Microsoft Visio Viewer contains a vulnerability that could allow an unauthenticated, remote attacker to execute arbitrary code. Updates are available.
Microsoft Visio Viewer contains a vulnerability that could allow an unauthenticated, remote attacker to execute arbitrary code.
The vulnerability is due to improper processing of specially crafted Visio files in Microsoft Visio Viewer. An unauthenticated, remote attacker could exploit this vulnerability by sending a specially crafted Visio file to a targeted user and attempting to convince the user to open the file. When processed by Visio Viewer, the crafted file may trigger memory corruption that the attacker could use to execute arbitrary code with the privileges of the user.
Microsoft confirmed the vulnerability in a security bulletin and released software updates.
The following Microsoft products are affected:
Microsoft Visio Viewer SP 1 32-bit Edition
Microsoft Visio Viewer SP 1 64-bit Edition
To exploit the vulnerability, the attacker may provide a file or a link to a malicious website and use misleading language or instructions to persuade the user to open the file or follow the provided link.
Microsoft has corrected this vulnerability by modifying the way Microsoft Visio Viewer allocates memory when parsing specially crafted Visio files.
Microsoft has released a security bulletin at the following link: MS13-023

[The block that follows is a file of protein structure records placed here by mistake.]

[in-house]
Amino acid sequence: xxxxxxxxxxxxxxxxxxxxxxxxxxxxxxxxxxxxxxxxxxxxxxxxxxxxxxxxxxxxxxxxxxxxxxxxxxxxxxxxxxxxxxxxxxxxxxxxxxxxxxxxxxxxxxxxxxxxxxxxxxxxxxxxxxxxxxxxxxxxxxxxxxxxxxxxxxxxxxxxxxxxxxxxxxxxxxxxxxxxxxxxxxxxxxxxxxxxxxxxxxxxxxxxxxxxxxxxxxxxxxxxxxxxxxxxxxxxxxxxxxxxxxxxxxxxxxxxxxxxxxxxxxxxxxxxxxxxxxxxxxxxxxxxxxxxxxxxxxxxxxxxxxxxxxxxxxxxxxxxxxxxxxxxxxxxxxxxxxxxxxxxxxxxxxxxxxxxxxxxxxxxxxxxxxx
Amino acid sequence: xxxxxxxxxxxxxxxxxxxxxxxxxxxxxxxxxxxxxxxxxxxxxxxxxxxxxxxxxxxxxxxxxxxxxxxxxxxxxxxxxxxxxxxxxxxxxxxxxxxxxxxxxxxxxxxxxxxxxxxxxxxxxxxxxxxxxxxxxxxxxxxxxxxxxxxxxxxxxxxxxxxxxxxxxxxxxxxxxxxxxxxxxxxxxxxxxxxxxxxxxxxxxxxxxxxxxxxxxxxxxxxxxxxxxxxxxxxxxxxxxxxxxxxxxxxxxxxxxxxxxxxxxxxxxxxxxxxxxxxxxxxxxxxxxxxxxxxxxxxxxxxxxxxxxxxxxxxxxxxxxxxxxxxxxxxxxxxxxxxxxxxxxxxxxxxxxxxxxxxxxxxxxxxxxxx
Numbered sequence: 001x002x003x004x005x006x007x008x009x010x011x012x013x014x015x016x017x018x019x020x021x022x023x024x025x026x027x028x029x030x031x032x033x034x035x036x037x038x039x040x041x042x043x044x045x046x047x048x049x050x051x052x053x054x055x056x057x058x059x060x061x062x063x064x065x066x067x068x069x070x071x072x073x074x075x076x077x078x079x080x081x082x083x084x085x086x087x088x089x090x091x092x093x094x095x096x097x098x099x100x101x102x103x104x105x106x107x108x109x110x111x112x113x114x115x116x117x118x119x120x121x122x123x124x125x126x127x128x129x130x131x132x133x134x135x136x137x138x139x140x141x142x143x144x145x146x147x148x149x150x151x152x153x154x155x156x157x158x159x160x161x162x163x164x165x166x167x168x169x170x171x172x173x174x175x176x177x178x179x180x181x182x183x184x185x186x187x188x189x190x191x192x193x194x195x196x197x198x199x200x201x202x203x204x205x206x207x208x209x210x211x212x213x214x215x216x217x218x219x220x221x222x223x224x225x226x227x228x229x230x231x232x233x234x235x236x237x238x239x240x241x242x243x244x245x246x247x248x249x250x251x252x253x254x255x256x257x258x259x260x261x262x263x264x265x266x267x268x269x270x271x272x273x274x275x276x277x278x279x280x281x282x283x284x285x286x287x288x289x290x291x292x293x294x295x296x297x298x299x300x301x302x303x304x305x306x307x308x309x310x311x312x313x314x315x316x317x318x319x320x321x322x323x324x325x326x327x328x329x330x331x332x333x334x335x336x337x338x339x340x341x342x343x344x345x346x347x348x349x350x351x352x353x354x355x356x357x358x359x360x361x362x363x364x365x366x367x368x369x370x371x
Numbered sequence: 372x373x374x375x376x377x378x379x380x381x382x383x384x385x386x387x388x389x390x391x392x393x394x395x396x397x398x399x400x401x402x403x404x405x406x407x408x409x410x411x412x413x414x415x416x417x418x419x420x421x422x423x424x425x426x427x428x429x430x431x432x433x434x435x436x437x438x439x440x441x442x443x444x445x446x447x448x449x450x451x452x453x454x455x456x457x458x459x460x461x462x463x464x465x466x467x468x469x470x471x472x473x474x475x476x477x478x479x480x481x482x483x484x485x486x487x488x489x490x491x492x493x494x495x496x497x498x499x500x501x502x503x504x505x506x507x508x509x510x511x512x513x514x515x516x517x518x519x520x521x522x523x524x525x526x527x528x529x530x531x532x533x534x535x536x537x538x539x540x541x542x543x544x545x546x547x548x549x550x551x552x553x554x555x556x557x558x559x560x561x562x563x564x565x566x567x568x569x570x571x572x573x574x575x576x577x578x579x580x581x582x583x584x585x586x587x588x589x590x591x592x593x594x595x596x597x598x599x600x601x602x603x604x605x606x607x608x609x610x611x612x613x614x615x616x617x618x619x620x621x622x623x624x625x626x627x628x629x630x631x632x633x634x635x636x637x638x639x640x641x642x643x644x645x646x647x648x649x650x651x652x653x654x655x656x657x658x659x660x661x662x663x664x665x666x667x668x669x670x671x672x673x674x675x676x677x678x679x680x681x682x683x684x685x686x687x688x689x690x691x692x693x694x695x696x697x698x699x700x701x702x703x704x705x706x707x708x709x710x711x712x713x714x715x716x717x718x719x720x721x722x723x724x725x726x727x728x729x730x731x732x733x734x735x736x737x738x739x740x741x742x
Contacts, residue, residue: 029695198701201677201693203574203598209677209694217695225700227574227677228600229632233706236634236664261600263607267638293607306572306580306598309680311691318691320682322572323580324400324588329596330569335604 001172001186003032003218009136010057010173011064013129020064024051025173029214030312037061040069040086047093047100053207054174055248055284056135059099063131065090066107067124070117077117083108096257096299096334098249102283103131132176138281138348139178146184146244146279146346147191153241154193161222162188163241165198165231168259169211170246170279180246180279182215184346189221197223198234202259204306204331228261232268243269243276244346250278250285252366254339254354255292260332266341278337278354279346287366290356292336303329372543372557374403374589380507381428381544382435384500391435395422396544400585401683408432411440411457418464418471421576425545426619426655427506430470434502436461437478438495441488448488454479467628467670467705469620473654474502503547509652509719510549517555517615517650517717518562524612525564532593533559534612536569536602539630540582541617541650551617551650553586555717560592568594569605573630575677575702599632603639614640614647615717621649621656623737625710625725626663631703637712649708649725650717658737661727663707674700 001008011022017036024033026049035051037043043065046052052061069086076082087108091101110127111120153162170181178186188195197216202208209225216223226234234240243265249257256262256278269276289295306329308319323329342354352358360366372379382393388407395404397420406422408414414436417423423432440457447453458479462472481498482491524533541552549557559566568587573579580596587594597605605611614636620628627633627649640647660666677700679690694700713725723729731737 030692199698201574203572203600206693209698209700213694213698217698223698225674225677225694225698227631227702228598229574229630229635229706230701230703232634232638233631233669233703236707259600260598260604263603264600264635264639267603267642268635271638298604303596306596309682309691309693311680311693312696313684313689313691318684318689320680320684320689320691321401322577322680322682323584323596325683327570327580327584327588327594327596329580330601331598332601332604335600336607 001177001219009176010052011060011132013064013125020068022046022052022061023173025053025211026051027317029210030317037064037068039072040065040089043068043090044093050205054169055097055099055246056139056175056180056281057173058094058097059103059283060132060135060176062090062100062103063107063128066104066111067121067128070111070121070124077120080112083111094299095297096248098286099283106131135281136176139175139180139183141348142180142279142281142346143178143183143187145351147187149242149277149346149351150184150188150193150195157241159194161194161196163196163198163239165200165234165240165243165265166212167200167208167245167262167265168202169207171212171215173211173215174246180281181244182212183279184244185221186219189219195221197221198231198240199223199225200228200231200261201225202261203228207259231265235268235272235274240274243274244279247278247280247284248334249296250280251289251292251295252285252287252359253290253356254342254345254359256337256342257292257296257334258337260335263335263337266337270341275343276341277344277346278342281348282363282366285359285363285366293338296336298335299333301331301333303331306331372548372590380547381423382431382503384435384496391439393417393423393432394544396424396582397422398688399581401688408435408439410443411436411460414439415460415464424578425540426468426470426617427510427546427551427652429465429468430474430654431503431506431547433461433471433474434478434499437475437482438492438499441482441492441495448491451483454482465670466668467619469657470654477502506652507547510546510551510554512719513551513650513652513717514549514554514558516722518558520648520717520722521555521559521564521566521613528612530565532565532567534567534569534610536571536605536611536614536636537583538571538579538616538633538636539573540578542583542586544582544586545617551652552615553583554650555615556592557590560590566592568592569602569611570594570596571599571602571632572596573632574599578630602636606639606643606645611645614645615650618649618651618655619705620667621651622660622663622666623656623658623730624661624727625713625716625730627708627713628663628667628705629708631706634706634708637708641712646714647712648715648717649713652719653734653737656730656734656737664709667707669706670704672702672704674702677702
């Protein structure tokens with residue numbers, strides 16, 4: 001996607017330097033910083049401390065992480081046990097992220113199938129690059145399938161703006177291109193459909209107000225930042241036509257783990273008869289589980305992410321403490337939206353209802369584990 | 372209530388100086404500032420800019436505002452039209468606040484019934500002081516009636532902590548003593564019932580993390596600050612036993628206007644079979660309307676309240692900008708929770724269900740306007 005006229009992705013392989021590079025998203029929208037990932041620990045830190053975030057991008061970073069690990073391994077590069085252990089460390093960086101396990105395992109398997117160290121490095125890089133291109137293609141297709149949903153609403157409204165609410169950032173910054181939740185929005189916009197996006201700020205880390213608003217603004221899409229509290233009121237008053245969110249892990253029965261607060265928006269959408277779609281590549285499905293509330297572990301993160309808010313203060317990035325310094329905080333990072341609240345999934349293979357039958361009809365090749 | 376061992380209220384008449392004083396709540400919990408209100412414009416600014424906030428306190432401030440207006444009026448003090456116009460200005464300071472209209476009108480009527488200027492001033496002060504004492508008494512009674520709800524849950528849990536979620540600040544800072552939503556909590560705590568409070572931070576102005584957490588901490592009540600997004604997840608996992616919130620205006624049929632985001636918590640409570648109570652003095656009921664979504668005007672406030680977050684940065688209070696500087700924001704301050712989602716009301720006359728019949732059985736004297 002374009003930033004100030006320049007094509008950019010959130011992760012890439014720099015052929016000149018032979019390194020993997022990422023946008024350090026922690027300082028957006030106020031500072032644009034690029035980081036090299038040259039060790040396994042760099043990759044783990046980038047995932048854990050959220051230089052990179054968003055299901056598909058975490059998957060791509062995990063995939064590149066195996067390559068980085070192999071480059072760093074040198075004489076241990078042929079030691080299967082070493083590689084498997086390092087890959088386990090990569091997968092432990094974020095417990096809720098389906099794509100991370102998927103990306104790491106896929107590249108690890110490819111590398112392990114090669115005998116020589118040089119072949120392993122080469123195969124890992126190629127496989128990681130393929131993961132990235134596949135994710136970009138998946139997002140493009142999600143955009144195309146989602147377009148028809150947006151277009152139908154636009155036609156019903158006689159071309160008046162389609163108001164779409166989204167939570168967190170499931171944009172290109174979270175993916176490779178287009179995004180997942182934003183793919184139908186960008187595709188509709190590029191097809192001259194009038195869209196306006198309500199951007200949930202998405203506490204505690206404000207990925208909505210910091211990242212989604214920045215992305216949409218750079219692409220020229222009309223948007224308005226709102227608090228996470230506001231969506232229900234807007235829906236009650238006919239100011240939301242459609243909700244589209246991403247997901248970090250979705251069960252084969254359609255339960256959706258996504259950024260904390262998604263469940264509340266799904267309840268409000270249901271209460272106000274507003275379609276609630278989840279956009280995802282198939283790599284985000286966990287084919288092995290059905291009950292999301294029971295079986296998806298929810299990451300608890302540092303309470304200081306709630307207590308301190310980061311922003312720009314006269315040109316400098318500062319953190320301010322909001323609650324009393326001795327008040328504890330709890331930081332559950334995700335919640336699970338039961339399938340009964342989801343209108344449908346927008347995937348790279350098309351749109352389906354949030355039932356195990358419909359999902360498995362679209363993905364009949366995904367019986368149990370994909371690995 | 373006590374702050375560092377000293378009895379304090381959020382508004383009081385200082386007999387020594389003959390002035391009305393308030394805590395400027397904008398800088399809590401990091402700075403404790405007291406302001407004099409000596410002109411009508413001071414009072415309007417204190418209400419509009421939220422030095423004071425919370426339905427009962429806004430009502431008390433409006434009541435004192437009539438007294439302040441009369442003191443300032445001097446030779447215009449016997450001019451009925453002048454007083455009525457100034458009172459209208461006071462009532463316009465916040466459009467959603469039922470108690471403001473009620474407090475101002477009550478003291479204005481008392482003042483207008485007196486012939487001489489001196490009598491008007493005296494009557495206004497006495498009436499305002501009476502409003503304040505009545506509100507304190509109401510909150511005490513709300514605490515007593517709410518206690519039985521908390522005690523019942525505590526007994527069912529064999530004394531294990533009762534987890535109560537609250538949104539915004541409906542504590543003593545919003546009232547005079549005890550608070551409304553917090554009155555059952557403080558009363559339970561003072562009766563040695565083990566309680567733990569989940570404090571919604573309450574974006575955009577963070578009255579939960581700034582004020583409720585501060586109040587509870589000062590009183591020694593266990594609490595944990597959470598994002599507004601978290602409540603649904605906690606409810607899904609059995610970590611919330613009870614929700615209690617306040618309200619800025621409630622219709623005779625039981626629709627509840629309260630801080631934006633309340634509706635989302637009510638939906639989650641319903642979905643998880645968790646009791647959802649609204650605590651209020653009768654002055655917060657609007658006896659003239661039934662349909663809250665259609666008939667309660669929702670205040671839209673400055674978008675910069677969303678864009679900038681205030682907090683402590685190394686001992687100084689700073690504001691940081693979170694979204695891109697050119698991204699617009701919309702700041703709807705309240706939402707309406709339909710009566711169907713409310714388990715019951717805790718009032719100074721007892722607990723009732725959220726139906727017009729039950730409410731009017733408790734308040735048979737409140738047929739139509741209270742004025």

An unauthenticated, remote attacker could exploit this vulnerability to execute arbitrary code on the targeted system with the privileges of the user. If the user holds administrative privileges, an attacker could completely compromise the targeted system.
The vulnerability is due to improper memory operations by the affected software while parsing specially crafted Visio files.
An unauthenticated, remote attacker could exploit this vulnerability by sending a specially crafted Visio file to a targeted user and attempting to convince the user to open the file. When processed by Visio Viewer, the crafted file may trigger memory corruption that the attacker could use to execute arbitrary code with the privileges of the user.
Administrators are advised to apply the appropriate updates.
Users are advised not to open e-mail messages from suspicious or unrecognized sources. If users cannot verify that links or attachments included in e-mail messages are safe, they are advised not to open them.
Administrators may consider configuring Internet Explorer to prompt users before running Active Scripting or ActiveX controls by setting the Internet and Local Intranet security zone settings to High. Alternately, administrators could disable Active Scripting and ActiveX controls in these security zones.
Administrators may consider using the Microsoft Baseline Security Analyzer (MBSA) scan tool to identify common security misconfigurations and missing security updates on system endpoints.
Administrators are advised to monitor affected systems.
Microsoft customers can obtain updates directly by using the links in the security bulletin. These updates are also distributed by Windows automatic update features and available on the Microsoft Update service. Microsoft Windows Server Update Services (WSUS), Systems Management Server, and System Center Configuration Manager can assist administrators in deploying software updates.
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